Dream bridge to ease access to harbour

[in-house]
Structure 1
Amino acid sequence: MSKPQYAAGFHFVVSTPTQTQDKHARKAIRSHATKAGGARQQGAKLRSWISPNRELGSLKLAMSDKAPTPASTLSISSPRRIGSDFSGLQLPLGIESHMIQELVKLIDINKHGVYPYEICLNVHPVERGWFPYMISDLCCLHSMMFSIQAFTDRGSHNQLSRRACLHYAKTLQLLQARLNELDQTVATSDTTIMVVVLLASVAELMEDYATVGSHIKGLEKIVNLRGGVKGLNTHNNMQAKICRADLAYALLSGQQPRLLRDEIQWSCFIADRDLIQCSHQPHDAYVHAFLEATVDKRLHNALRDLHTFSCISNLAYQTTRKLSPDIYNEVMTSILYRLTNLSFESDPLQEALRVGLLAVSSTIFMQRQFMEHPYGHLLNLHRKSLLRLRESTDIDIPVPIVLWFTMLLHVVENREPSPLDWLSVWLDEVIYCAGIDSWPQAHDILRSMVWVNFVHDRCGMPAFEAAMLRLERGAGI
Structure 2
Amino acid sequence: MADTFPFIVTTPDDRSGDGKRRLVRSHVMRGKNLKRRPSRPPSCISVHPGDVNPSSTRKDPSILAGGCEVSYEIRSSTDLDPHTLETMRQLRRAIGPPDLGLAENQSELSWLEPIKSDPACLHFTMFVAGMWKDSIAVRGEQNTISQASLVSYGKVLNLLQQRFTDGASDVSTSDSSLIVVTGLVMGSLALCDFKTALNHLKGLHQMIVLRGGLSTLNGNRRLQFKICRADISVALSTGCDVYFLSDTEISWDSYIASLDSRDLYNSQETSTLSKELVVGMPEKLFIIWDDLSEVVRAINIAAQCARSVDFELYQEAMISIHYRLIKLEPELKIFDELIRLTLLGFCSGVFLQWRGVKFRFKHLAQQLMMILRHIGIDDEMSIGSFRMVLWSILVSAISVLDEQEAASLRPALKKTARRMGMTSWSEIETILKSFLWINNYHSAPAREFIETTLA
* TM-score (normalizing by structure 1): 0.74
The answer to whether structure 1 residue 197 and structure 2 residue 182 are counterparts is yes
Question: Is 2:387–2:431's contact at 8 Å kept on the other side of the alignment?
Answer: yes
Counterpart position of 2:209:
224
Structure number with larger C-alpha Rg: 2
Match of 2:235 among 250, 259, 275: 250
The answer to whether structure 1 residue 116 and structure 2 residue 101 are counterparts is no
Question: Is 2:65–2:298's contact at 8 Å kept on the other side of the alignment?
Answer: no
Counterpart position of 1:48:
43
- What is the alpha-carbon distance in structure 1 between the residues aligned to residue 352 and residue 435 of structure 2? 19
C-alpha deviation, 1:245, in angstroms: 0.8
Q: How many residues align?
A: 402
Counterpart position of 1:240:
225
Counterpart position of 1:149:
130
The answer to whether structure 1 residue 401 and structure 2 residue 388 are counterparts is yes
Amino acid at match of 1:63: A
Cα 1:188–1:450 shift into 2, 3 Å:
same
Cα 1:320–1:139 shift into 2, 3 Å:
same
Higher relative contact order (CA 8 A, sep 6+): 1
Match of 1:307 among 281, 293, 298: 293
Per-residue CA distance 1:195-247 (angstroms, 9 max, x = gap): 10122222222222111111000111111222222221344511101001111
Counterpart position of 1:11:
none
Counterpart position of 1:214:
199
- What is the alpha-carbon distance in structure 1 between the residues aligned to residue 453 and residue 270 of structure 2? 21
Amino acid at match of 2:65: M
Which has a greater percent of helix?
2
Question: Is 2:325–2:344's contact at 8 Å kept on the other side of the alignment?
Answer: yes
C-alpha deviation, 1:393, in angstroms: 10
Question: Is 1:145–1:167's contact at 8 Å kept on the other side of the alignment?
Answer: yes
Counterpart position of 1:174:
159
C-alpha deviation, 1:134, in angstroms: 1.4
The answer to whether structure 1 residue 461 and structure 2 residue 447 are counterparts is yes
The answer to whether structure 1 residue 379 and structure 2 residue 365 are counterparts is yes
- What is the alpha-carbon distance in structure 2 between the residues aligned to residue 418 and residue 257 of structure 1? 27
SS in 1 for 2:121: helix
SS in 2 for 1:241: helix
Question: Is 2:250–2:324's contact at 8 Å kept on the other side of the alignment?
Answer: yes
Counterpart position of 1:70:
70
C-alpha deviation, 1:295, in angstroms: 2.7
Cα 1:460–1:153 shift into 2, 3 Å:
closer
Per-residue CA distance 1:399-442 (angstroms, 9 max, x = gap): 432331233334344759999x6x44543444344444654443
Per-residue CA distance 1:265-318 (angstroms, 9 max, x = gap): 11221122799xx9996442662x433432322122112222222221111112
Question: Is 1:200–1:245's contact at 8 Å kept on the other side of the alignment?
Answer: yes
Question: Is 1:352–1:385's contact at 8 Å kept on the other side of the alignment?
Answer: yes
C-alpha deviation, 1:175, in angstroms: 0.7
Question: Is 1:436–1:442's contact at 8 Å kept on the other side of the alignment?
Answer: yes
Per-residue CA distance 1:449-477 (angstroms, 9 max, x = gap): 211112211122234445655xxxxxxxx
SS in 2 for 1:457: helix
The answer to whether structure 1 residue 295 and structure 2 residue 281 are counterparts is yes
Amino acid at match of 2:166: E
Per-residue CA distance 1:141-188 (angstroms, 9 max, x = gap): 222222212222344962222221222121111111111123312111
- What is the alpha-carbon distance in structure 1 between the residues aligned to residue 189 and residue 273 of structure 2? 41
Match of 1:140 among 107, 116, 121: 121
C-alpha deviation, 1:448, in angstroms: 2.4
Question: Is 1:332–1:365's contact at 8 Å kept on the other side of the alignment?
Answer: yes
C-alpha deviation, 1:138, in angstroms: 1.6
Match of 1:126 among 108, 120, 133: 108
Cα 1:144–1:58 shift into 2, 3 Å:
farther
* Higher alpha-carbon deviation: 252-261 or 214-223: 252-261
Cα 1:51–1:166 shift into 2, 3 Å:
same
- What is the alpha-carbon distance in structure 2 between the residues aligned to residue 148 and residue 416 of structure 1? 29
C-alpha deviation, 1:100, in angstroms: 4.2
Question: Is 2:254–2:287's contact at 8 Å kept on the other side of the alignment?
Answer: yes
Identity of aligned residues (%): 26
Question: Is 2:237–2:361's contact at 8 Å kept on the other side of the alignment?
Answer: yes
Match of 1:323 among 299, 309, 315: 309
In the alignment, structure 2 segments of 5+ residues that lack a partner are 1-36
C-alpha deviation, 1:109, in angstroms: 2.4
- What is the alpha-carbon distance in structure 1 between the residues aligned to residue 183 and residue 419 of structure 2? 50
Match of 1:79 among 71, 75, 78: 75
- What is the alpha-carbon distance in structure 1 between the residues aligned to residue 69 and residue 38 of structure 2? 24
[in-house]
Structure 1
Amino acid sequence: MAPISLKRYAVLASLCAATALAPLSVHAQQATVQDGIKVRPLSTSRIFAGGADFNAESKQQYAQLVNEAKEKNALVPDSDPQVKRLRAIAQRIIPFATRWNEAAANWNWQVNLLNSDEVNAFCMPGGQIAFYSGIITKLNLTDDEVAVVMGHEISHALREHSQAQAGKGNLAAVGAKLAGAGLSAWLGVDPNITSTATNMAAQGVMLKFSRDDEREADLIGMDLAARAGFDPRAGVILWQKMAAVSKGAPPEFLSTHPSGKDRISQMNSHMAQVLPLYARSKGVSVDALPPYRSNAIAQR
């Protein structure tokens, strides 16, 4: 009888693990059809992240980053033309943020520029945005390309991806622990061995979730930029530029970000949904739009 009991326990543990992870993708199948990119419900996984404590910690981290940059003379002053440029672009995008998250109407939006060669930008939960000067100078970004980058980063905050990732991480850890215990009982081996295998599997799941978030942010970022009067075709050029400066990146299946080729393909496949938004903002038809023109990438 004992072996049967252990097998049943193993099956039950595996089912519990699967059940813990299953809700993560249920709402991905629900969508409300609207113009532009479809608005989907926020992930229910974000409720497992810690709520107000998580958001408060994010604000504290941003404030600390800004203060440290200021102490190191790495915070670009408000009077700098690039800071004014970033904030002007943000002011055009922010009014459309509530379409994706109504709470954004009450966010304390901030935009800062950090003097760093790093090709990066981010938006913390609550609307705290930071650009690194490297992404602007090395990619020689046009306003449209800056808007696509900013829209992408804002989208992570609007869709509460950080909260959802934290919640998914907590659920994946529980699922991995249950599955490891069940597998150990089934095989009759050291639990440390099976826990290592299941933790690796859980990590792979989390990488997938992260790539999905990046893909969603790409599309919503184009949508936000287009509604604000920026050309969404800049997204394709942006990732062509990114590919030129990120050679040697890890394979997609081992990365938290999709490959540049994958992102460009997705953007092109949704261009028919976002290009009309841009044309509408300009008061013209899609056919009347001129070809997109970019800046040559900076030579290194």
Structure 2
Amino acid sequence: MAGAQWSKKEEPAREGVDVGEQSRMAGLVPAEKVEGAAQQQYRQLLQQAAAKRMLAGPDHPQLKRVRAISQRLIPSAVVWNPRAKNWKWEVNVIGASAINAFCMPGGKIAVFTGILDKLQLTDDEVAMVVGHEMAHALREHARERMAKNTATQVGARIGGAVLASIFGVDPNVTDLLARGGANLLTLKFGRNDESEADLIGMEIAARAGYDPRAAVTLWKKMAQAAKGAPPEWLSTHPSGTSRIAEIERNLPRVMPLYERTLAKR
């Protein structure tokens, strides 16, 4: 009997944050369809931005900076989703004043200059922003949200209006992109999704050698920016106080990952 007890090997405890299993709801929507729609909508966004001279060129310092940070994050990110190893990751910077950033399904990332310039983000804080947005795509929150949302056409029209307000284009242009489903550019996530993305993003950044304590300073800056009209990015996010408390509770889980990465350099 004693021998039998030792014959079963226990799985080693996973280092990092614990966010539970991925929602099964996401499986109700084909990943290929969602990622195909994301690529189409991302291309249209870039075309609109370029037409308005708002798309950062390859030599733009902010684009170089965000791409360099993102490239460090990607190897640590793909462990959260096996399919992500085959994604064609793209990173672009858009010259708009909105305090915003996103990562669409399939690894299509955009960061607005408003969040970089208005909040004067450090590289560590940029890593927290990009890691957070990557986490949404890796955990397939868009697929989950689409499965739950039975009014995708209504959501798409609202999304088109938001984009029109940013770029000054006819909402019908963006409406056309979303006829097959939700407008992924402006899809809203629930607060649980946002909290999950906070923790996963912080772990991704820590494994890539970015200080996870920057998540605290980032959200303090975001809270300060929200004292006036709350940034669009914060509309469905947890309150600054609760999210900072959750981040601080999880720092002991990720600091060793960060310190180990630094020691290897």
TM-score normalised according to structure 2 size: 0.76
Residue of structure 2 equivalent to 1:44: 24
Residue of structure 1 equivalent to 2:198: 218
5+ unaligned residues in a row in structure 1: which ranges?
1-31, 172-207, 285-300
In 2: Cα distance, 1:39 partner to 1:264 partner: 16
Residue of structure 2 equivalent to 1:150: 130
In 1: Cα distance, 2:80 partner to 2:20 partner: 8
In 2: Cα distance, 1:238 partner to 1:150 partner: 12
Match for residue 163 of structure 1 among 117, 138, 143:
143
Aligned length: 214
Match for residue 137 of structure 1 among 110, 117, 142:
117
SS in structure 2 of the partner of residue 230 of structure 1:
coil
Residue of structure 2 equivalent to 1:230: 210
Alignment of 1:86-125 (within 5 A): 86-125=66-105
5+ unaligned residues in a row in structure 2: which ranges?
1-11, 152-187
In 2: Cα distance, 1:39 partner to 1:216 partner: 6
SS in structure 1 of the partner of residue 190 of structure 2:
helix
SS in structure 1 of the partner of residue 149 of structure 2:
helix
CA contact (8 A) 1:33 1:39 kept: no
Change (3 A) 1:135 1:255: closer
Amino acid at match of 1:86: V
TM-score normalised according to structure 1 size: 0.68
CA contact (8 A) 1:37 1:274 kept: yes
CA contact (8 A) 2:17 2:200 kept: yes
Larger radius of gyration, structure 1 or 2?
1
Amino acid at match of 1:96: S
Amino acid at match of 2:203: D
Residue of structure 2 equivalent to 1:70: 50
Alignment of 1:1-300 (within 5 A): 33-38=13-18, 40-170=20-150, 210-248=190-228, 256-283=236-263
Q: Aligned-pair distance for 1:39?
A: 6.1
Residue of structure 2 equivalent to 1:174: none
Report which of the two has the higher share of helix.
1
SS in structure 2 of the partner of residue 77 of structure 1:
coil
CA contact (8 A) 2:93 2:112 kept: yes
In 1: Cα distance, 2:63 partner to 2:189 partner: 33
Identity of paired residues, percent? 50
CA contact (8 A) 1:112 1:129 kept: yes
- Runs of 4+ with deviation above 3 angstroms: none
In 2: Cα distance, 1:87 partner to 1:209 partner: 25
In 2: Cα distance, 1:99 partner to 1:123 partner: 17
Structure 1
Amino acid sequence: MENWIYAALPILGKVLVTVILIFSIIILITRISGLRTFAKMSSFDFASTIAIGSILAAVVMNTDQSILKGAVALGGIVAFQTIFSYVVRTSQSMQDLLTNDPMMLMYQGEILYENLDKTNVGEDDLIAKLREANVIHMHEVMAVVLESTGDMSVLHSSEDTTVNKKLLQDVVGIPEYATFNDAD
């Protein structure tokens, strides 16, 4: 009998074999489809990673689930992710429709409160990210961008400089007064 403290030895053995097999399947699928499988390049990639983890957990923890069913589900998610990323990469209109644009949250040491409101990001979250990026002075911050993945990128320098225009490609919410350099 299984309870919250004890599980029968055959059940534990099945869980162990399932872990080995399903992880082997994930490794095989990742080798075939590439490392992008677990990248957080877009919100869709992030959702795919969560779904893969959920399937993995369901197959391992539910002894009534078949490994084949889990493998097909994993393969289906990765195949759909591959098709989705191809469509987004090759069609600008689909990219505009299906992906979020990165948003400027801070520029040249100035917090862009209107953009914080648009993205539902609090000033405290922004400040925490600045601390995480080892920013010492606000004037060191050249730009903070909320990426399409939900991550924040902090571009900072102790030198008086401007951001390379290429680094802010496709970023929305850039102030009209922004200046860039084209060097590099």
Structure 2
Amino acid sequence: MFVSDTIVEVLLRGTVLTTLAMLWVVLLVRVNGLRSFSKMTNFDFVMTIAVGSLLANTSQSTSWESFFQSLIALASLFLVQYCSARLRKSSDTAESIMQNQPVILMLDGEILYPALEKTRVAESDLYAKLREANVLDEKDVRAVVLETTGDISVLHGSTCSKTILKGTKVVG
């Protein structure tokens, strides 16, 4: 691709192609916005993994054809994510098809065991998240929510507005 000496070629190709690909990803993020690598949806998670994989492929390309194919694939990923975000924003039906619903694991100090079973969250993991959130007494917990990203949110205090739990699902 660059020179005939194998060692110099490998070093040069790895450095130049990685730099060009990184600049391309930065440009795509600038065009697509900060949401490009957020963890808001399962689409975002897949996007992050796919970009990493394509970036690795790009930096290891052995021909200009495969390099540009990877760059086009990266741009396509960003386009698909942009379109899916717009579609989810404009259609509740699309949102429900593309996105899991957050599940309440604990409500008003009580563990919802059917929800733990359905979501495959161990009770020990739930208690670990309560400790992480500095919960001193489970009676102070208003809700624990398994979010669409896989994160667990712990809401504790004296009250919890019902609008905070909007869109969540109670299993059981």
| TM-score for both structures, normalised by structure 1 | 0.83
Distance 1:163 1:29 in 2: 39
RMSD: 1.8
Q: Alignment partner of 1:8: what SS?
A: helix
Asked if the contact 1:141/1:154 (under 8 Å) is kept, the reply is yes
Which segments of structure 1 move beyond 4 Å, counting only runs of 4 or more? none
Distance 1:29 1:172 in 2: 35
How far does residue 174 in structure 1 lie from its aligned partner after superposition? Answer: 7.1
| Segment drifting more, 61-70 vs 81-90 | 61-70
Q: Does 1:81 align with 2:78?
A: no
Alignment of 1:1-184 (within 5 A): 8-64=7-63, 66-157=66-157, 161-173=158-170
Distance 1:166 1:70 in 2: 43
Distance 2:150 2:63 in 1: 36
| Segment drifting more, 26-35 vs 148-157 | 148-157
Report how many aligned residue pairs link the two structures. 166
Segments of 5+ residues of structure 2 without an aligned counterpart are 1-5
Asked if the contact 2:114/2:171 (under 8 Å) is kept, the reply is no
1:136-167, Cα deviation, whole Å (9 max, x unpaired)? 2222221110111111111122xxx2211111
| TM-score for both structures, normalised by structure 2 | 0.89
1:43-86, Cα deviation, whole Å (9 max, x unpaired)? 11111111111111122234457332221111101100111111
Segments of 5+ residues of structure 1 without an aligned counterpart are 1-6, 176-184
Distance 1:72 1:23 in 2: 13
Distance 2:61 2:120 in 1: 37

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?Traffic jams will get worse as the volume of goods processed by the port increases, so a bridge is becoming a necessity,? says Siddick Chady, the chairman of the Mauritius Ports Authority (MPA). Since the return of the prime minister, Navin Ramgoolam, from his State visit in China, where he was impressed by the state-of-the-art technology developed by the Chinese authorities for road infrastructure, the Dream Bridge project, placed in a drawer for more than 10 years, is making a come-back. This time could prove the right one. This structure, expected to facilitate the transport of goods to or from the port, would cost between Rs 2.5 and 3 billion. The MPA, which should be financially involved in the project, has requested financial aid from the Chinese. ?We hope construction will start at the end of the year,? says Siddick Chady. It is estimated that it would take around 18 months to materialise. It would be some 300 metres long and suspended at a height of 30 metres over the sea. This overhead bridge would connect Les Salines to Roche-Bois. Reduce traffic on the motorway The Dream Bridge project comes at the right time. If its purpose is to accommodate trucks carrying goods, it is also expected to reduce traffic on the motorway. A meeting was scheduled last week by the authorities on that matter. Insufficient road network, expanding number of vehicles? According to a survey ordered by the ministry of Public infrastructure to the National Transport Authority (NTA) there will be some 500,000 vehicles on the road by 2017. To give an idea of the loss of earnings involved, traffic congestion costs about Rs 1 billion each year. Meanwhile, one can wonder how, though it is only one-third of the size of Mauritius and has a greater number of vehicles, Singapore has already managed successfully its traffic issues. According to an expert from NTA, other measures, which have also been proposed for years, are still in crying need to solve effectively the traffic congestion: a driving licence with a penalty point system, a toll tax or even a congestion tax, as in Stockholm. Actions should be taken in Port-Louis first, but other measures have to be undertaken in the great conurbation from Curepipe to the main city. The old railway track, almost entirely preserved, seems ideal for Mass Transit either by long buses, light rail or monorail, the latter being seen as too expensive: on a 25-km corridor, from Curepipe to Immigration Square through Floréal, Vacoas, Ph?nix, Quatre-Bornes, Ollier, Rose-Hill, Beau-Bassin, Chebel, Richelieu, Saint-Louis and Victoria Station. The actual bridge project has some advantages: there is no land acquisition required and the MPA will benefit from the participation of the MPI and the State Investment Corporation. Also decisive is the role of the Chinese. The latter would be ready to finance the project, the first of its kind in Mauritius, according to the Build, Operate and Transfer formula. This formula would enable Chinese investors to run the management of the bridge and earn revenue from its use for an agreed time-span : either from toll or tax. The concession could last 75 years. The bridge would be a large-scale infrastructural realisation. But it is also hoped it will give a special cachet to the harbour with its distinctive architecture. Similar projects can stand as a national brand.
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